Chapter 4
Class Ranks
EU Air Force Academy at Serentatis, Luna, Earth Sphere
Date: Thu 13 May 112
Time: UST 1027

Although there was still a month left in the third term, the pilot candidates had already taken their final exams for Phase III of JSUPT. Those who passed would be moving on to the qualification course for their aircraft of choice. Even on an accelerated training schedule, a single term was not enough time to be properly trained on most craft, especially when at least half that time was already being used for regular academic courses.
Matt's class was the first to fully integrate both JSUPT and the follow-on training with the regular course load at the Academy, an experiment to more quickly produce the pilots desperately needed for the war effort. Pushing cadets to get their degrees in three years instead of four was challenge enough, but for the pilot candidates, they were cramming in a good 18 months of flight training into that time as well. The attrition rate more than tripled and it remained to be seen whether the washouts that got recycled would make it through on their second go or not.
To call it a struggle was a gross understatement. Even with Matt going for a dual degree, the academic portion was not that difficult in and of itself, but when combined with the physical training, the military discipline, and the full course of flight training, it felt like he could barely keep his head above water. At very least, he did not have to worry about the additional responsibilities of a cadet leadership position on top of everything else. It might hurt his chances for a promotion later on, but getting his first silver was low on the list of Matt's priorities.
At that particular moment, the only thing he was thinking about was the results of his Phase III exams. Phase III had been particularly difficult for him and he was seriously doubting his chances for a future as a combat pilot. The last thing he wanted was to be just another washout.
There was no point in putting it off any longer. He rang the chime for Colonel Kreuger's office.
"Enter," the Colonel's voice said over the speaker.
The door opened and Matt walked in.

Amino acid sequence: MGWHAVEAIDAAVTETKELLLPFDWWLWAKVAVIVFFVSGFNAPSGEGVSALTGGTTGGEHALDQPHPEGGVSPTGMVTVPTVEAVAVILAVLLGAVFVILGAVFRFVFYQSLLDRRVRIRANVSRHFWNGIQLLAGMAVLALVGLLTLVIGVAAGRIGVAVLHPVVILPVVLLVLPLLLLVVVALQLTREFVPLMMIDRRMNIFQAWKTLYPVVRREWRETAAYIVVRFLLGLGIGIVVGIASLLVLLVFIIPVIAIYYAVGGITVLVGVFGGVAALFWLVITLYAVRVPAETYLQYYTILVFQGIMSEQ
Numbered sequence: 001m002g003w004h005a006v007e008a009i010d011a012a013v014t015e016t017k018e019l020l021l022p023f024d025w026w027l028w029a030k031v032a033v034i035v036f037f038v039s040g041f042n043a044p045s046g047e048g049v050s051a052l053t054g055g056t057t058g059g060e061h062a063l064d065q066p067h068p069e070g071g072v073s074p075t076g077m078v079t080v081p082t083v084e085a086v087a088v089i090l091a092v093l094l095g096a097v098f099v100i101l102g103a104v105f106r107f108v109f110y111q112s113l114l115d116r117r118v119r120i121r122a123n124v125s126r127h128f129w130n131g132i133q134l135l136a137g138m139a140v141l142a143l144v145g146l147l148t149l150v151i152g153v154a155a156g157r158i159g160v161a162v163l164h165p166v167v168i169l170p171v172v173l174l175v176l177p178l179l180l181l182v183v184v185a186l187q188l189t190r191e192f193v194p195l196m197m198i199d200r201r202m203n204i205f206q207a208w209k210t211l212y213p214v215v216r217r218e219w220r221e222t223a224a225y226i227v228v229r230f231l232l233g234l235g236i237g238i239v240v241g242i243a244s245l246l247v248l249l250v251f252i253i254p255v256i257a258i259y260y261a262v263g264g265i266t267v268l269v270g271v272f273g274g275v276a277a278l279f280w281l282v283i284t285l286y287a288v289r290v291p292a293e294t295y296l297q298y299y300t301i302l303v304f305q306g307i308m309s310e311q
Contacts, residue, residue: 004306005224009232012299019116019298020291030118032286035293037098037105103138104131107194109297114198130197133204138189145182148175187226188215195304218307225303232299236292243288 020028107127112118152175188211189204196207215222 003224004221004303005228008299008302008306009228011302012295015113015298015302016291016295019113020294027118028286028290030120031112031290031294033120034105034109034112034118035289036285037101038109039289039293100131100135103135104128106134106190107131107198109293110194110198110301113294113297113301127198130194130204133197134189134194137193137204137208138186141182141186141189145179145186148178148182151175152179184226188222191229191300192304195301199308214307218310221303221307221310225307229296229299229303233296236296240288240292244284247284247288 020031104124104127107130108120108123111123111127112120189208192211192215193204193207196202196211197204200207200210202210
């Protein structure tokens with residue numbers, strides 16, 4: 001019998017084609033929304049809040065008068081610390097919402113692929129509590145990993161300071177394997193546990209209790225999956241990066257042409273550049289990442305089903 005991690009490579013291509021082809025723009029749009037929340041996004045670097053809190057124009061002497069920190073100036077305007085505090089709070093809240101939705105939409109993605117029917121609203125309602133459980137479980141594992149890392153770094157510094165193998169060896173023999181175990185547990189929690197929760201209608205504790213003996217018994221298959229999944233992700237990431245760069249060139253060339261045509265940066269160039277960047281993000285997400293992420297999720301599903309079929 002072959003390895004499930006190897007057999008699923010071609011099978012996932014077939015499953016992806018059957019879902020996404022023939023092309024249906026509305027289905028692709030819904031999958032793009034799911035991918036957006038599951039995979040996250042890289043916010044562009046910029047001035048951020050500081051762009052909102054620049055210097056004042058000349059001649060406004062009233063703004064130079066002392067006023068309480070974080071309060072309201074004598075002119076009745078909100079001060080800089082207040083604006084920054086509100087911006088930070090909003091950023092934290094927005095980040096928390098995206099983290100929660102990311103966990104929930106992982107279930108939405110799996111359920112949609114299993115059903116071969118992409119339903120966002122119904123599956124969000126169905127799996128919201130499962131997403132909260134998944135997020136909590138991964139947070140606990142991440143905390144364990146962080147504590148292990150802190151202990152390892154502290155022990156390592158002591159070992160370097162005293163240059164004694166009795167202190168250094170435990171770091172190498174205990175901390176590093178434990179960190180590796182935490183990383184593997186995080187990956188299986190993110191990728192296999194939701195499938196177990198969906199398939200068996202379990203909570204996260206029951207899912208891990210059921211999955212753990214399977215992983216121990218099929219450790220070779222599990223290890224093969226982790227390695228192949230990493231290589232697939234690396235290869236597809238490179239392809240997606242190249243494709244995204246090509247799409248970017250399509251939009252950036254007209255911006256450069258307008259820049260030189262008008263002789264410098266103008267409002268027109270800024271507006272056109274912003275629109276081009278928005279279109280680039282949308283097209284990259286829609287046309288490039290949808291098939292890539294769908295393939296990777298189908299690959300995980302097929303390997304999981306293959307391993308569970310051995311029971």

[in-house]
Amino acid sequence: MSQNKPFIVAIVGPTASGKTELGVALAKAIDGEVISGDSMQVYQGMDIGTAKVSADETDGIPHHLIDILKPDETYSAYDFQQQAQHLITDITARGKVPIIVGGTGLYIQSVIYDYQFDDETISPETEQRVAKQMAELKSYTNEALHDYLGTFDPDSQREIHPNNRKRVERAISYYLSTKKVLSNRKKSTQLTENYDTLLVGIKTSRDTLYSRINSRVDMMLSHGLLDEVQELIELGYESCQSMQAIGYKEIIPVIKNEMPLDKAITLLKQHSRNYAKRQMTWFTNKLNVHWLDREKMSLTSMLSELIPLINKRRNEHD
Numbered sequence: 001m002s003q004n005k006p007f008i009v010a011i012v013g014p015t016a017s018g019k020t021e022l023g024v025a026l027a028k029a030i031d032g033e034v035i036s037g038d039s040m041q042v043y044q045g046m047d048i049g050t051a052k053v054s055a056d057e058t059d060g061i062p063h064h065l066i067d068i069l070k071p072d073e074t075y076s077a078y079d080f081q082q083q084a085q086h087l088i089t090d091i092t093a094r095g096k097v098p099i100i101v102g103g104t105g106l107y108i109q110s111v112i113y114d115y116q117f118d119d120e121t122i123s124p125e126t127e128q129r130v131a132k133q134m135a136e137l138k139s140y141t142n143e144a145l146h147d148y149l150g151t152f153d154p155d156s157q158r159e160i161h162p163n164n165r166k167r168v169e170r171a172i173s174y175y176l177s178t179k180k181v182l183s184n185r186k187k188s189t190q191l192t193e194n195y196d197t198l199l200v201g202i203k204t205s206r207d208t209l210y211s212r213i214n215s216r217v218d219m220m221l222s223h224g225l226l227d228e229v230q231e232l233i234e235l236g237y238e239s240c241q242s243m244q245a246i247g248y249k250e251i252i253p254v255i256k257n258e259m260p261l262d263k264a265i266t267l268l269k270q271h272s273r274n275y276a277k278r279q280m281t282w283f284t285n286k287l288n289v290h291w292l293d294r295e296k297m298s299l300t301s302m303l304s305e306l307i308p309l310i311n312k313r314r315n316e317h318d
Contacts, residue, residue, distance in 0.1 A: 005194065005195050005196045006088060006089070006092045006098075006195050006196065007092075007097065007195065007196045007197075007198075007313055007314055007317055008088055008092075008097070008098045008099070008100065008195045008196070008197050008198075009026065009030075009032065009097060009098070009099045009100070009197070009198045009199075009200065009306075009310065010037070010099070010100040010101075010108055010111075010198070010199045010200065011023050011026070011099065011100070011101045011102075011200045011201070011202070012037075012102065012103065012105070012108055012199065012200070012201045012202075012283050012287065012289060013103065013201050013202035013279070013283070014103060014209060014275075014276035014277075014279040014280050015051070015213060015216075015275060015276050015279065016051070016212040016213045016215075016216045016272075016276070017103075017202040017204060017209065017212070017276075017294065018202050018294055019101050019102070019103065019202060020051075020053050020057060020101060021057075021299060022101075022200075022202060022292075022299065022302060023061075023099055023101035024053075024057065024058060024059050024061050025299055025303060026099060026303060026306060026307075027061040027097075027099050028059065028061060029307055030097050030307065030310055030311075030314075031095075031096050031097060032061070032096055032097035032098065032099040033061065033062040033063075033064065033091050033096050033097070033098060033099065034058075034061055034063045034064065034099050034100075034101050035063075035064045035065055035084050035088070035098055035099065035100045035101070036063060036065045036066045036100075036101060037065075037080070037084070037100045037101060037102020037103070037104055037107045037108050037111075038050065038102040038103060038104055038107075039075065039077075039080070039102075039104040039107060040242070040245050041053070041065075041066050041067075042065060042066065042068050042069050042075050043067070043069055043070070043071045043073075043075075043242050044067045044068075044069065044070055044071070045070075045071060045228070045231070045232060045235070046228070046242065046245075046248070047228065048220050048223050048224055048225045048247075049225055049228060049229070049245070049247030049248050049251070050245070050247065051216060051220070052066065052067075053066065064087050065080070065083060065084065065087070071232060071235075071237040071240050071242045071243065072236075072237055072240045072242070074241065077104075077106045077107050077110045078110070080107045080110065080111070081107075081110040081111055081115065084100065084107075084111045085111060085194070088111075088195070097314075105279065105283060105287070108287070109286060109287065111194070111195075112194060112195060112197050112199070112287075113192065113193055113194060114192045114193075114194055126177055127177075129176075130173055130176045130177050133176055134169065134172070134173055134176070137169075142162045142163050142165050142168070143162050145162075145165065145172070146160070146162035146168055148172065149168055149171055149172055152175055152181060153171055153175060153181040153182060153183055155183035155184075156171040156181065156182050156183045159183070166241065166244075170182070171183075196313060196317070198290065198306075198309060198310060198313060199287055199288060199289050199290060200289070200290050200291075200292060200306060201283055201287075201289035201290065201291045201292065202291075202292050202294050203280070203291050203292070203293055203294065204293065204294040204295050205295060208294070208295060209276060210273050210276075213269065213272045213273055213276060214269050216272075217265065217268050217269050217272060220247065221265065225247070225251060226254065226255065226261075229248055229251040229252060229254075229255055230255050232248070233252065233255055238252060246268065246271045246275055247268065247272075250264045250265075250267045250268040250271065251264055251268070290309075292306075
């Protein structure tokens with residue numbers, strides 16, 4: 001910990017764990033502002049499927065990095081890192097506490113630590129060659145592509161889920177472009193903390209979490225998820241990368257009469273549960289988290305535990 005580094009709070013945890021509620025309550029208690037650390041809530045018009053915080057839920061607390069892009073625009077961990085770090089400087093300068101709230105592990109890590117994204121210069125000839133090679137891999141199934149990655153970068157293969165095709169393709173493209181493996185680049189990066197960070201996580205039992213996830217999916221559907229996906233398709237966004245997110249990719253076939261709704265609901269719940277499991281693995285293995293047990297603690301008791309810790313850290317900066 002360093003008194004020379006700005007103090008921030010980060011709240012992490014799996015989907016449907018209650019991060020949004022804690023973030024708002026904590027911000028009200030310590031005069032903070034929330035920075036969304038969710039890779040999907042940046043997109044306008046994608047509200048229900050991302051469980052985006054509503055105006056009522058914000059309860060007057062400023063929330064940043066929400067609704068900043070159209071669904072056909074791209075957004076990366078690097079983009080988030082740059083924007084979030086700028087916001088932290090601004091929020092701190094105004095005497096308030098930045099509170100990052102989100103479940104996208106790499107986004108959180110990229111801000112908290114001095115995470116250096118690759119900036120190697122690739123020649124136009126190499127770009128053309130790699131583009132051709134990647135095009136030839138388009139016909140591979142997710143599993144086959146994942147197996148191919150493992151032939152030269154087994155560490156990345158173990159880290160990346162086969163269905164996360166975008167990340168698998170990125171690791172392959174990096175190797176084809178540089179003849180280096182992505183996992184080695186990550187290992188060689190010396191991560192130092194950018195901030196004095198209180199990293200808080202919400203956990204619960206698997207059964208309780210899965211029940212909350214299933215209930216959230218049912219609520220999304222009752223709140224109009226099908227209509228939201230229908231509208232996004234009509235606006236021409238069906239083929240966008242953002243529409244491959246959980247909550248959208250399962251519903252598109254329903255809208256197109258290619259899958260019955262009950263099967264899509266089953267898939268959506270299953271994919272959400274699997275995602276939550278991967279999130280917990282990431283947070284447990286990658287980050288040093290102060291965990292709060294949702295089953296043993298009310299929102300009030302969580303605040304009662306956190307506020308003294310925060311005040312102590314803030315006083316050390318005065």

Standing at attention in front of the Colonel's desk, Matt saluted and said, "Sir, Cadet Harold reporting as ordered."
The Colonel curtly returned the salute and gestured to one of the nearby chairs.
"At ease, Cadet. Take a seat."
"Yes, sir."
Matt sat down, instinctively sitting at attention. The Colonel gave him a critical look.
"I thought I said, 'At ease.'"
Matt relaxed slightly, but not much. It was enough for the Colonel, though.
"That's better," he said. "You know why you're here, Cadet?"
"I, ah, I believe so, sir," Matt replied, trying not to show his nervousness. "This is about my qualification scores, isn't it?"
"That's right. How do you think you did?"
While the culture in the Academy prized bravado, especially in the 'firsties' who were supposed to set the example for their underclassmen, Matt could not bring himself to lie. Not only did he not like to lie on general principle, but he also figured the Colonel would see right through him if he tried. 'Honesty is the best policy,' right?
Matt sighed. "Honestly, sir, I don't think I made the cut and even if I did, I don't know if I have what it takes to be a combat pilot."
"And what makes you say that?" the Colonel asked.
Matt started to fidget in his chair.
"I know flying is difficult on its own, sir, and I know combat flying is even more difficult. I had to struggle to get through Phase III and if I just scraped by, I don't think that's enough. I don't want to be a liability to my squadron. I don't want any of my wingmates dying because I'm not good enough."
"Bein' good doesn't hurt," Colonel Kreuger replied, "but nothin's gonna stop people from dyin' out there."
Unconvinced by the Colonel's apparent bid to comfort him, Matt shook his head.
"I can't let myself be a danger to my unit, sir, not in good conscience."
The Colonel nodded thoughtfully. "Well, you're puttin' the unit ahead of your own ambition, I'll give you that. I know a lot of cadets would say just about anythin' to get the slot they wanted."
"It's not about what I want, sir," Matt said firmly. "It's about doing what's right. It's about being placed where I can do the most good."
The Colonel chuckled sardonically to himself.
"Well, ain't you just the poster boy for 'service before self'? Listen up, Cadet, I'm gonna clue you in on somethin'."
"You passed, Harold. You passed by a wide damn margin."
A wide margin? There was no way that could be right.
"But, sir," Matt said awkwardly, "I, I don't understand."
"You're a damn good pilot, son," the Colonel replied, "and you've got the makin's to be a great one. I saw you had potential from the start, but I didn't want you gettin' complacent, so I set you two grades ahead of everyone else back in Phase II. You were doin' well, so I upped you an extra grade when it came time for the final exam."
"Sir, that would mean..."
Colonel Kreuger cracked a grin.
"That's right. I had you at Level 8. Yeah, you just barely scraped by, at two levels over what the Air Force is lookin' for after follow-on training. You know, with performance like that, you could get fast-tracked for Special Ops right out of the Academy."